In wake of the Me Too and Time’s Up movements sweeping the nation, more focus is being placed on women’s issues and on women as leaders.
Yet at Bennett College, leadership and social activism have always been part of student life.
Long before 1960 when Bennett Belles joined in solidarity with the four North Carolina A&T State University students who sat down at a Woolworth’s lunch counter in Greensboro to protest discrimination, they picketed the Carolina Theater in 1938 over its racist practice of editing African-Americans out of films.
Bennett Belles also protested the negative portrayal of African-Americans in movies – a year before actress Hattie McDaniel played a maid and former slave named Mammy in “Gone With The Wind,” for which she won an Academy Award for best supporting actress.
Bennett’s activism in the late 1930s hasn’t been nearly as well documented as its involvement in the sit-in movement, which is told in “Belles of Liberty: Gender, Bennett College and the Civil Rights Movement in Greensboro, North Carolina.” The book, written by Bennet graduate Dr. Linda B. Brown, details the strategic planning behind the sit-ins and the active role Bennett Belles played.
The book is the selected read for this year’s orientation classes at Bennett, which includes all first-year students. It was chosen to ensure current students know of the courage Belles before them demonstrated and to give them a historical context for the activism that is expected of them today.
“I wouldn’t take anything for the experience I had at Bennett, especially during the civil rights movement,” said Mayor Pro Tem Yvonne J. Johnson, a 1964 Bennett graduate and one of the Belles of Liberty. “The president when I was at Bennett was Dr. Willa B. Player, and I’ll never forget her saying to those of us who were protesting that if she had to give out diplomas in jail she would. That was her way of supporting what we were doing.” Johnson made history in 2007 when she was elected Greensboro’s first African-American mayor.
She credits Bennett for giving her the confidence to run for political office.
“I never in my life dreamed of running for mayor of this city, but when the opportunity came I didn’t hesitate,” Johnson said. “I think a lot of that had to do with the experience I had at Bennett College.”
Johnson now serves on the Greensboro City Council and is the executive director of One Step Further, a nonprofit United Way agency in Greensboro that provides mediation and court alternative programs to Greensboro’s youth.
Brown, who wrote the book chronicling the Belles’ sit-ins experience, said that while the United States is celebrating the reemergence of women leadership, Bennett has always nurtured and extolled student leadership.
“This is not a new thing for Bennett College,” Brown said. “When I was there in 1960, I knew that part of my education was to develop my leadership abilities and to be an outstanding woman – not just an outstanding person but an outstanding woman.” Brown said she, Johnson and other Belles of Liberty dared to protest and get arrested because they knew they had the strong backing of the College.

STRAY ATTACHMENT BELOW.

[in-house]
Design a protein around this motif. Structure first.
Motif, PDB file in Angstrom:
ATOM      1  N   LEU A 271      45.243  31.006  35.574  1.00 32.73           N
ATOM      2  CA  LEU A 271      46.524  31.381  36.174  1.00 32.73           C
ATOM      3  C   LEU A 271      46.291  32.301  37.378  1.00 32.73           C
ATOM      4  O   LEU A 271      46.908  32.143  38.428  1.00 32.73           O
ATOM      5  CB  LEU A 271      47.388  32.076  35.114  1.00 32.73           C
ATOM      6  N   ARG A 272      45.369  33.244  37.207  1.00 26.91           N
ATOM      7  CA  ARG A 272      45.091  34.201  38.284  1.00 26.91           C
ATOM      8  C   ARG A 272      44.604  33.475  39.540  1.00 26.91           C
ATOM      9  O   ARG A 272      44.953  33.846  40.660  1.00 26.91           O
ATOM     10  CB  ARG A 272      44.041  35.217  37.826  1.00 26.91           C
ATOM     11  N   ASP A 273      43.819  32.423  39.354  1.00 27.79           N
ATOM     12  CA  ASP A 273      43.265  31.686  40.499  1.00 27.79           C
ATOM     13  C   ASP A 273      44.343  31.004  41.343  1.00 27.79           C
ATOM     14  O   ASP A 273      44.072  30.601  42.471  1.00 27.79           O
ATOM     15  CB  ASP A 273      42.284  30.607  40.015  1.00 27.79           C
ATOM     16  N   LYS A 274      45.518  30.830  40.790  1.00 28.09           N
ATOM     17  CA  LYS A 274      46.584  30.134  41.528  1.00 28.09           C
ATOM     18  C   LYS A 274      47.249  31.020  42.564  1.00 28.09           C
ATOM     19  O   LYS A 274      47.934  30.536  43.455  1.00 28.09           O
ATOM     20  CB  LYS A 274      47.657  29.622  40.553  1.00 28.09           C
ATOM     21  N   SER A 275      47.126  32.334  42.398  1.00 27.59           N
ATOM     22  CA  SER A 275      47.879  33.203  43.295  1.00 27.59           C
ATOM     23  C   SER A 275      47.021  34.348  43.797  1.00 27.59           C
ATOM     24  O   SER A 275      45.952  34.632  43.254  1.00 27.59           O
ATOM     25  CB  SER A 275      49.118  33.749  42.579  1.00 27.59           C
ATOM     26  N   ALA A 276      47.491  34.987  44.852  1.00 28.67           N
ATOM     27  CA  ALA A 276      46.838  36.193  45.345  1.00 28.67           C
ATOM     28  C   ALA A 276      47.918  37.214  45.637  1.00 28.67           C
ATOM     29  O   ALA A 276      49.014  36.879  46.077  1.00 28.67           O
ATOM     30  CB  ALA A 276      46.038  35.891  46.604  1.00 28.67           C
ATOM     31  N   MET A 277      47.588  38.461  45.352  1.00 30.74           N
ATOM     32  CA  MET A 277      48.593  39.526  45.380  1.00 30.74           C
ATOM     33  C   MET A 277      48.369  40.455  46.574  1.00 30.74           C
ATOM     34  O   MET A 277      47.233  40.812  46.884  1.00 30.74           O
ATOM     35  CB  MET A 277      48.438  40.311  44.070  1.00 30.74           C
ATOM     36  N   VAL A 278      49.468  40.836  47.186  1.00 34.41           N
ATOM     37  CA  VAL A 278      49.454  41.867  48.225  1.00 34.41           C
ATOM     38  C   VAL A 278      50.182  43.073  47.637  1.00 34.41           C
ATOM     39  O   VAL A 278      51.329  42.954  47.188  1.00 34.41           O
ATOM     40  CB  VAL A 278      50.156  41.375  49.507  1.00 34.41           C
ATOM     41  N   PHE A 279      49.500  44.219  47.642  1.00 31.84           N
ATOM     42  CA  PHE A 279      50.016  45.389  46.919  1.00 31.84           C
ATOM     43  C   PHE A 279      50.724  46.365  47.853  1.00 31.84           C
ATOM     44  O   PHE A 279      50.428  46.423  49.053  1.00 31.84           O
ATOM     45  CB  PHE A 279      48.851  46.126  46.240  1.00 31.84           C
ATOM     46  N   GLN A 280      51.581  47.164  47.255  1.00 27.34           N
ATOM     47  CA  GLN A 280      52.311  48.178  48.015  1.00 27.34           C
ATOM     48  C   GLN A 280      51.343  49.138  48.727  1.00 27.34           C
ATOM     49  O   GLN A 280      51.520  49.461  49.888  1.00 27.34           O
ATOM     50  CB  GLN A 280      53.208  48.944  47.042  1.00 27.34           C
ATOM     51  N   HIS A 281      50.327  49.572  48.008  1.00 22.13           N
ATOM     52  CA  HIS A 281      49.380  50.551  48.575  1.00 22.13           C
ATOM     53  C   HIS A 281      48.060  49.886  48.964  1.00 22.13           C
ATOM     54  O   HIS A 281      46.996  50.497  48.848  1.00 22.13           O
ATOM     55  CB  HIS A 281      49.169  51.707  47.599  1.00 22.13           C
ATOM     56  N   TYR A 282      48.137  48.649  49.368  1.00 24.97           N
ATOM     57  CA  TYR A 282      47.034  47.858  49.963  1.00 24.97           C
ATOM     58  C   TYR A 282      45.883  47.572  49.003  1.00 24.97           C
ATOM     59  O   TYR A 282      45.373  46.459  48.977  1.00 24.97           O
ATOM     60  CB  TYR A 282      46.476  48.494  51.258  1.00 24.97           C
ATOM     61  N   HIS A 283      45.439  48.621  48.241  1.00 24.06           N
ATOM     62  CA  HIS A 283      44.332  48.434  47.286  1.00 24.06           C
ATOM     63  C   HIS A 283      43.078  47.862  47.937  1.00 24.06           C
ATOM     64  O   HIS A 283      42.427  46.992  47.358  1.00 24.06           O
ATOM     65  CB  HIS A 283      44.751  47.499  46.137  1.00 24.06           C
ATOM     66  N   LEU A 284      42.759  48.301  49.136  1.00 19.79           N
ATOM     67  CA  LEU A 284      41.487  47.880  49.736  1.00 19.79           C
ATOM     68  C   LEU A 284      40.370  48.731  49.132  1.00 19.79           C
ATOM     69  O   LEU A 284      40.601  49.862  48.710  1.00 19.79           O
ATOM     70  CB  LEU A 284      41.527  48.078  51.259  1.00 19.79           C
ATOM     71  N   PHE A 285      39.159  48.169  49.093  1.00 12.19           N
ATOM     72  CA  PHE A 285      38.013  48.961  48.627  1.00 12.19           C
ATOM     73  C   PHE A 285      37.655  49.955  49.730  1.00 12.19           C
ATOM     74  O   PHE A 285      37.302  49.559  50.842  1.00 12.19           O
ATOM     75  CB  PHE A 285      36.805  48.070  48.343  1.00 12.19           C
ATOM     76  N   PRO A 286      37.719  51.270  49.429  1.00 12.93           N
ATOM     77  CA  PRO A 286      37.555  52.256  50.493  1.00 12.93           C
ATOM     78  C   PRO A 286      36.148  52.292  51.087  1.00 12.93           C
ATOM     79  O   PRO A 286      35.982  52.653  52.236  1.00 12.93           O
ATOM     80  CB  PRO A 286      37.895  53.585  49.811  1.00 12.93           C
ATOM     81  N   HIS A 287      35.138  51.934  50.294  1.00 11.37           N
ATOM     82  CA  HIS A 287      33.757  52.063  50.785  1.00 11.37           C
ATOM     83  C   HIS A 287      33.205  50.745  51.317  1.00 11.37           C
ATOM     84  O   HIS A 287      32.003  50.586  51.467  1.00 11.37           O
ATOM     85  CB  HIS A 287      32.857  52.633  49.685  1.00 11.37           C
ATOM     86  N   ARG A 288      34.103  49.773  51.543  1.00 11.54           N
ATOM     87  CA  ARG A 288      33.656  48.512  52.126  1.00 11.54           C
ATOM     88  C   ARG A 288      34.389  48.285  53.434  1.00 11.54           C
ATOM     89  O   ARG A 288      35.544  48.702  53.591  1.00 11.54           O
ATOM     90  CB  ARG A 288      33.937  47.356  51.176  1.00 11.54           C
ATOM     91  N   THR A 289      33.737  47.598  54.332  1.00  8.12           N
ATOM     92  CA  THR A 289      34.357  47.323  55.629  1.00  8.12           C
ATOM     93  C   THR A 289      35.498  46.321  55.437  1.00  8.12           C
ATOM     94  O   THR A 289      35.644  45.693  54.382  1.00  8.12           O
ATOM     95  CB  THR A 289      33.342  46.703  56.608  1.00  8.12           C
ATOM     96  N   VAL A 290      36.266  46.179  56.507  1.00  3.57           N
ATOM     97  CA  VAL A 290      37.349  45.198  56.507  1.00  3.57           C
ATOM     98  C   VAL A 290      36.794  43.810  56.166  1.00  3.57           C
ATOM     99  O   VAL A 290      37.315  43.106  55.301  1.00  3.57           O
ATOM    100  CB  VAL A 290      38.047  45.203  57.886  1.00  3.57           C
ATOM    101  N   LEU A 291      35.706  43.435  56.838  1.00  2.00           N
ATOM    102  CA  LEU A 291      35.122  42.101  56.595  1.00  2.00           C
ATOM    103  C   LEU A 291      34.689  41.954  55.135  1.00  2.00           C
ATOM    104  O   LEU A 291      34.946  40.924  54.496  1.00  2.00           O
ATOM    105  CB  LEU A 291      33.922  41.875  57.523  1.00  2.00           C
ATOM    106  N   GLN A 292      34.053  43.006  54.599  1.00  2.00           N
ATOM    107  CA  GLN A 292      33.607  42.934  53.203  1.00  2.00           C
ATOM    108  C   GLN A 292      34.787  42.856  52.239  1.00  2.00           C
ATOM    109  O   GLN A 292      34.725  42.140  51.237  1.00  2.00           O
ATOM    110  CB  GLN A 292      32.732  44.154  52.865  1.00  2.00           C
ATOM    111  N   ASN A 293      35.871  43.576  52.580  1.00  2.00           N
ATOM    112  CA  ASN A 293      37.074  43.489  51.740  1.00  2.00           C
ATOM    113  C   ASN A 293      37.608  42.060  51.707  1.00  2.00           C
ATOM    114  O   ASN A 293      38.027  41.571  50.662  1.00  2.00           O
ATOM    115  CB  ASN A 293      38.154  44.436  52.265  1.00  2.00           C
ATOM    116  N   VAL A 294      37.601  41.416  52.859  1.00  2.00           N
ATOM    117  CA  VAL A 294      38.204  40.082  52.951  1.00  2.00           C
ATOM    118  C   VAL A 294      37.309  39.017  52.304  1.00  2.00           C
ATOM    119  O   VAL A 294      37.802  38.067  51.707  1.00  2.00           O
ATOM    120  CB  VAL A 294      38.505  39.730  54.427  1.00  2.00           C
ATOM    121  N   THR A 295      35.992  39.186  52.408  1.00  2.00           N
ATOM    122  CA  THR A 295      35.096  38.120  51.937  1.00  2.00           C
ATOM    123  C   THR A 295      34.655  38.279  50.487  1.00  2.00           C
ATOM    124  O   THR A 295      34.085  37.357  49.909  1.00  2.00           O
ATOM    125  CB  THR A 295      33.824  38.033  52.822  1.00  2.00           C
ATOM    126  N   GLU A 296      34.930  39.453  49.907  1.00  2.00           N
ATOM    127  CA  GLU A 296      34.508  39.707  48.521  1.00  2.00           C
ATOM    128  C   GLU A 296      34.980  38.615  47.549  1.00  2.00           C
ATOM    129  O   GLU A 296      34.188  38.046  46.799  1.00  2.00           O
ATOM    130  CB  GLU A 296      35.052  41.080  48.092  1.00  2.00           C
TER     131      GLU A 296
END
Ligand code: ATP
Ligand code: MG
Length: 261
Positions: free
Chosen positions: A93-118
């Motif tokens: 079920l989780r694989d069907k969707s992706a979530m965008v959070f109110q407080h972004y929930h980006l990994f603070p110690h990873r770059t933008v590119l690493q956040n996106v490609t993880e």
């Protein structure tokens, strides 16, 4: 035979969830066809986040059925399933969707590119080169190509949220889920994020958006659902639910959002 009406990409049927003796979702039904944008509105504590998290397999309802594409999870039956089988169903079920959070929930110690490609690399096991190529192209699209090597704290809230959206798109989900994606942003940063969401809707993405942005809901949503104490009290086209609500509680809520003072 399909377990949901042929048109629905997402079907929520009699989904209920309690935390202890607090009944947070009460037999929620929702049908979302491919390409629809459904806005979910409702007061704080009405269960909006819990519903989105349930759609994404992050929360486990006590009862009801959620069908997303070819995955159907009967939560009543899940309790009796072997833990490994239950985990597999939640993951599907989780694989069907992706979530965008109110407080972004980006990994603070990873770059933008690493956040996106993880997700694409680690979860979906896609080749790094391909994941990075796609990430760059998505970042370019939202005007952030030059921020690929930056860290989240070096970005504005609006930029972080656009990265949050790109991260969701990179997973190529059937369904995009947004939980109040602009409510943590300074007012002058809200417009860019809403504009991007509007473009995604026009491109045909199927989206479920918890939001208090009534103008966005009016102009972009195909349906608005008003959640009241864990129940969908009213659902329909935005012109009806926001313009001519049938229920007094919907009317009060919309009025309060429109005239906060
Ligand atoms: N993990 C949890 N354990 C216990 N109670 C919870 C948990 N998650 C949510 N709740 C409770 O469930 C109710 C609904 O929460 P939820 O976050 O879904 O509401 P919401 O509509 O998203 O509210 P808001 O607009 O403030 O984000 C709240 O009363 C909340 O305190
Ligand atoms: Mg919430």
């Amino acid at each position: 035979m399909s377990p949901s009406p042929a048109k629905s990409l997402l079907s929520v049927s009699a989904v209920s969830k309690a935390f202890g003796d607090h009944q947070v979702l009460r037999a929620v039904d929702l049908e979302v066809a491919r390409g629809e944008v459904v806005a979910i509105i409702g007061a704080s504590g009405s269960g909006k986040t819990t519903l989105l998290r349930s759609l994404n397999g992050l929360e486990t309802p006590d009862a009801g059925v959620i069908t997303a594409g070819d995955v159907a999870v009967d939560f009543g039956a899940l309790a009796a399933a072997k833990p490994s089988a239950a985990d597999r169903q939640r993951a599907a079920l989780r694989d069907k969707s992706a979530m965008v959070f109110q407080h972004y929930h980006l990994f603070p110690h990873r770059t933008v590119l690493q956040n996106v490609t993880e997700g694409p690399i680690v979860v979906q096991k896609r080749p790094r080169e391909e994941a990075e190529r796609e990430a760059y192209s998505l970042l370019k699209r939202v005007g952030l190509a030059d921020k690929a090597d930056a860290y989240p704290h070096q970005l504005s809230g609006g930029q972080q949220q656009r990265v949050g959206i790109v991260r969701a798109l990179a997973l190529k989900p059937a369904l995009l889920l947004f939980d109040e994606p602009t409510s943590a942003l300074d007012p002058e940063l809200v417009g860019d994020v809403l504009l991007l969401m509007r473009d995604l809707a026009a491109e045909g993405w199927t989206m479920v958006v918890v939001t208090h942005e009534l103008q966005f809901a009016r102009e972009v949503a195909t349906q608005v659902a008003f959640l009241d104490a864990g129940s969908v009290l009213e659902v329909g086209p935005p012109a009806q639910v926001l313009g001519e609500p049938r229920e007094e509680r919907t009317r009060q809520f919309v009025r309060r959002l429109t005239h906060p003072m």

“We had adults behind us who were supporting us, and we never felt like we were out there on a limb by ourselves,” she said. “The professors that we worked with were wonderful. We had the support of my Aunt, Dr. Willa B. Player, and we knew that.”
Bennett’s legacy of producing strong women has continued through the decades. Examples include Dr. Gladys Ashe Robinson, a 1971 Belle who is a Democratic Senator in the North Carolina General Assembly and also Chairwoman of the Bennett College Board of Trustees, and Belinda J. Foster, a 1979 Belle who made history by becoming North Carolina’s first African-American woman District Attorney.
That Bennett Belles have significantly impacted North Carolina politics is no surprise to Dr. Gwendolyn M. Bookman, chairwoman of the Department of Political Science and Sociology and an associate professor of political science. “Bennett Belles are also known as Voting Belles,” said Bookman, citing a phrase coined by Congresswoman Alma S. Adams who taught art history at Bennett for 40 years.
Bennett’s history of social activism has also continued.
Eleven years ago in September 2007, Bennett students traveled by bus to Jena, Louisiana, to join about 20,000 other people to protest against racial injustice in a case involving six black juveniles who were accused of beating up a white classmate and charged, initially, with attempted second-degree murder. The case highlighted systemic injustices often encountered by African-American defendants.
“Bennett students embrace the concept of using their voices to combat injustice in whatever arenas they encounter it,” said Bookman. “They understand this to be a mission of the College and an important aspect of their Bennett education.”
Johnson, who attended the famous March on Washington on August 28, 1963, less than a year before she graduated from Bennett, hopes students will continue their activism. Bookman has no doubt they will.
“This semester as we have in years past, we will continue providing Bennett students with the necessary tools to become dynamic leaders, adroit entrepreneurs and competent communicators – traits by which Bennett Belles are known,” she said.